It has never been more important for university students to plan financial matters carefully. Defaulting on student loans or experiencing another financial setback is a bad way to start things out. Young people graduating from college need to build their credit rather than damage it.

Fortunately, there are many things students can do to avoid defaulting on student loans. As a student, you should do your research. You can get off to the right start in life financially and keep up with your student loans. Being aware of your resources and making effective plans is all it takes.

Default On a Student Loan: Learn how to Dodge This Unpleasant Status

Defaulting on student loans will damage your credit significantly. Damaged credit can make a lot of things in life harder for you. Once you finish your studies, you’ll be looking for a job. Many employers will check your credit before hiring you. Defaulting on student loans could make it more difficult to find a good job.

Poor credit also makes it more difficult to acquire housing. Landlords routinely check the credit of prospective tenants. Damaged credit could mean you have to pay more for lower quality housing. Damaged credit means you’ll pay more for any kind of loan you need. If you need a loan to purchase a vehicle, you’ll pay more in interest. You may not even be approved for a loan with enough credit damage.

All these factors make it very important to avoid defaulting on student loans.

Clearly, you need to do everything you can to avoid a student loan default. Use any tip or tactic available to you that helps keep up with payments. Be specific when thinking about how you’re going to manage my student loan. Again, planning is essential.

Below are four tips to use to make sure your student loan stays in good standing.

Be Organized

The Simple organization can help you to avoid defaulting on student loans. It’s easy to overlook payments or even default when you’re not staying on top of finances. Organize by calculating your budget each month. Track your spending. Work to build up savings. Also, set reminders for yourself of not only your student loan payment but all your financial responsibilities.

Use Available Resources

To avoid defaulting on student loans, use your resources. There are many resources out there helping students to manage their finances. Resources could be available from your university or your bank. They could include financial counseling services. They also could include budgeting apps. Always be on the lookout for programs you can take advantage of. In particular, consider programs like scholarships you could be eligible for. These programs could help foot the bill regarding your education.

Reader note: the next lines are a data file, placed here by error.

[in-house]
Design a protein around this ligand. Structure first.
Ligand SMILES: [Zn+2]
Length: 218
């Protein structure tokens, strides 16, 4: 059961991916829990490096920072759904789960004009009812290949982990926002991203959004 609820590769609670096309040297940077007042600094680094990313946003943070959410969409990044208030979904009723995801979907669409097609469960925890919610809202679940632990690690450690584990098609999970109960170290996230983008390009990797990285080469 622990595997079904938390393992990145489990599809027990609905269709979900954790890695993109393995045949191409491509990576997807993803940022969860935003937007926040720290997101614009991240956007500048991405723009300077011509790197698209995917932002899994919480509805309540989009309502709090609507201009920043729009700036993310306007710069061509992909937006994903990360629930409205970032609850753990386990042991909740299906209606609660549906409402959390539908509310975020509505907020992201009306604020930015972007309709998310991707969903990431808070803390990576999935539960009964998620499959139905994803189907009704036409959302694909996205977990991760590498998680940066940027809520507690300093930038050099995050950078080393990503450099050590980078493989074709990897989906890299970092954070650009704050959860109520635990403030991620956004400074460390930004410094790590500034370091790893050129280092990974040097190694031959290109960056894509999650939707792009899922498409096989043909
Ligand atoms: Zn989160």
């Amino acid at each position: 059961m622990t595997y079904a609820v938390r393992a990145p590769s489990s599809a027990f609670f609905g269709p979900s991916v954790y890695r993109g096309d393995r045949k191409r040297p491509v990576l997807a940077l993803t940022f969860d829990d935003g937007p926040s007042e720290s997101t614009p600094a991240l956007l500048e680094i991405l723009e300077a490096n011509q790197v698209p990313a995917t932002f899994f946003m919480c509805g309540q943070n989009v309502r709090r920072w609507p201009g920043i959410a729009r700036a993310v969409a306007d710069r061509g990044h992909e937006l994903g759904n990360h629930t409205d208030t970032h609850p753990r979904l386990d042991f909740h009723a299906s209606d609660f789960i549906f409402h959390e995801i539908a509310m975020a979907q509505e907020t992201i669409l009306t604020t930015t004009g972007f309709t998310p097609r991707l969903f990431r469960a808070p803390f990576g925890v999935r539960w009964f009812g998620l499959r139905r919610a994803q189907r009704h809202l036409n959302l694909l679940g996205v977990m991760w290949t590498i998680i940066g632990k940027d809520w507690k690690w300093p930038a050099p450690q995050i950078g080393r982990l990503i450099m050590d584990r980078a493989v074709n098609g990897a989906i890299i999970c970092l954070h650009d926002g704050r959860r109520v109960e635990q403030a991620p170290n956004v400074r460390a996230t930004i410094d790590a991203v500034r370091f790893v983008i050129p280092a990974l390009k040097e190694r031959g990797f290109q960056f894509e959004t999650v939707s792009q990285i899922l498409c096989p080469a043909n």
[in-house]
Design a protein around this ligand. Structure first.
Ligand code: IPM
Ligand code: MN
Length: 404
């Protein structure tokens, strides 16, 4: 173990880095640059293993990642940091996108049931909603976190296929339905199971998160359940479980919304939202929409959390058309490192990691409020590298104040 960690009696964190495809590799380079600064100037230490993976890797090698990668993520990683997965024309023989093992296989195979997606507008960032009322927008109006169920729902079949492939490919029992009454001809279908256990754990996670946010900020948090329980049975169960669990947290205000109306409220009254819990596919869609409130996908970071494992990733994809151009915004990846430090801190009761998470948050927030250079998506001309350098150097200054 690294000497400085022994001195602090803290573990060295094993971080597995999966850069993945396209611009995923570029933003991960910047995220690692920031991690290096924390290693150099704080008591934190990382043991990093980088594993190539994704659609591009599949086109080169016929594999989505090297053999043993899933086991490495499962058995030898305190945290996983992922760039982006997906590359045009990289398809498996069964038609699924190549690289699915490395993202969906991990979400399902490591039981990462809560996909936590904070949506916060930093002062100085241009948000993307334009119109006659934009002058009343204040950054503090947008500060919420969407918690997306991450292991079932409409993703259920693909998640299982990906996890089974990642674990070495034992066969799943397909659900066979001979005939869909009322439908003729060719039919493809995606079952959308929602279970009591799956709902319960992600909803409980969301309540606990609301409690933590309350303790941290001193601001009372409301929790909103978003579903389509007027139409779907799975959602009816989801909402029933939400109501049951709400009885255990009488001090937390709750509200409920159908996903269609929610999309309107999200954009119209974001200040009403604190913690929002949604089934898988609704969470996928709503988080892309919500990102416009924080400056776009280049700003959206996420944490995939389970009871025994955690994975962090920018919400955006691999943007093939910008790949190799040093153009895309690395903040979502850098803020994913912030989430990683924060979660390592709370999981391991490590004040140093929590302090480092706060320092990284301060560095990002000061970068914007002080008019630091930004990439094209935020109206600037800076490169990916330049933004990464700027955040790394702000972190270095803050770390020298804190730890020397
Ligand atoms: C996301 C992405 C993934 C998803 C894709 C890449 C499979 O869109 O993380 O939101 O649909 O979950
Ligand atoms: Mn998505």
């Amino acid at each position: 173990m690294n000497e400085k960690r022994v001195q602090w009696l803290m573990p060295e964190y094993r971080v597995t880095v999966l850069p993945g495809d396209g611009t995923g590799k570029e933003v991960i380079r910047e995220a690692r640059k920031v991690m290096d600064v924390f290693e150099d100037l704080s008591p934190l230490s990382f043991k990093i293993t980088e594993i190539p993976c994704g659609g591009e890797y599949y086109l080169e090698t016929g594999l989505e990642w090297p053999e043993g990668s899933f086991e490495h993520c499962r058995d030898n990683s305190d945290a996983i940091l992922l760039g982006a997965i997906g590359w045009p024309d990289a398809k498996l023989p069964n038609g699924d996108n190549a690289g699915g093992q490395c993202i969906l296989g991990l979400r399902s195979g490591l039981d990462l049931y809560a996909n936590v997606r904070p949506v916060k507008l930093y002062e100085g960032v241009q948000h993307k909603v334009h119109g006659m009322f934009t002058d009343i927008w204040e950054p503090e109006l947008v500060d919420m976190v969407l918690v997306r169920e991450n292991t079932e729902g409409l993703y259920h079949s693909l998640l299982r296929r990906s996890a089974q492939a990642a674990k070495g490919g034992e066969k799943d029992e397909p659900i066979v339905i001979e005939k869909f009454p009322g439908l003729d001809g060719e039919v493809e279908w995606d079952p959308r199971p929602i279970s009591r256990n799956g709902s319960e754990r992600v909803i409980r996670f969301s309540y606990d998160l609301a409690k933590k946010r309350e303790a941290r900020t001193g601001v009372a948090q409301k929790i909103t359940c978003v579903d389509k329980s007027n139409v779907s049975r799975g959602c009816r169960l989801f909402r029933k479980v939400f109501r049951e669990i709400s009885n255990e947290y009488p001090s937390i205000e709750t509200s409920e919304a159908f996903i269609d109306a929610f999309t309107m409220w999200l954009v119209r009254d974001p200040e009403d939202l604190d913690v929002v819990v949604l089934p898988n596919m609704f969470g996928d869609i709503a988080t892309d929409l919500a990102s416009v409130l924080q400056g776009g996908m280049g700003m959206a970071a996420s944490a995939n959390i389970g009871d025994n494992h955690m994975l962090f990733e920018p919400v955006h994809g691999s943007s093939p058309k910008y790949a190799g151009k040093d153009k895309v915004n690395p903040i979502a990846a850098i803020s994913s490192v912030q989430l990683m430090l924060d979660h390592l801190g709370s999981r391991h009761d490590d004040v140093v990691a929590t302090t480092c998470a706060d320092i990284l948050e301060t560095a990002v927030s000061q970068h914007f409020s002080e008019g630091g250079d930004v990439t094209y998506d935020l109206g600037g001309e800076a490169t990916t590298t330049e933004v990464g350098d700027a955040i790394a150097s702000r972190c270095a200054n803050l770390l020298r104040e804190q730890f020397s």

Be Frugal While Studying and Afterward

A lot of young people get into the bad habit of overspending during college. Just because you have loan funds available to you doesn’t mean you should spend them. Try to save as much of your leftover loan funds as possible. Be frugal by avoiding eating out and spending money on luxuries like expensive clothing as a college student.

The best tactic is to be patient about spending money. Once you’ve landed a great job, you’ll have the money to enjoy yourself. For the moment, your priority is not defaulting on student loans.

Focus on Generating Income

The more money you make, the less likely you’ll be defaulting on student loans. You need to take advantage of income-generating opportunities. Once you start looking for a job after graduating, it’s good to take some small income-generating job until you land your dream job.

It could take months to land a job in your field. Try to avoid going without any paycheck coming in whatsoever. Once you graduate or leave school, you’ll be expected to start repaying your loans quickly. Don’t waste any time in earning money.

Types of Student Loans

Questions Before you get a student loanBeing familiar with different loans helps you to choose the right type to borrow. There are numerous loan types available. Some loans are more affordable regarding interest costs than others. One of the number one things you should learn while researching and planning are what types of student loans there are.

The following are two of the main student loan types available:

Federal Loans

By far, federal loans are the most commonly used student loans. These loans are ideal because they don’t typically require a credit check. Most college students don’t yet have extensive credit histories. This means that federal loans are often all that’s available to them. There are numerous types of federal loans including direct subsidized loans, direct unsubsidized loans, and Direct PLUS loans.

Direct subsidized loans are the best available option. These loans don’t require any payments until the student leaves school. They also don’t accrue interest that the borrower needs to pay until the student leaves school. The government pays any interest that accumulates before the student graduates.

Direct PLUS loans are a type of federal loan that is only available to students of graduate and professional schools. These loans do require credit inquiries.

Private Loans

Private loans come from private financial institutions. They could be provided by banks or credit unions. In some cases, private loans are also available from state agencies.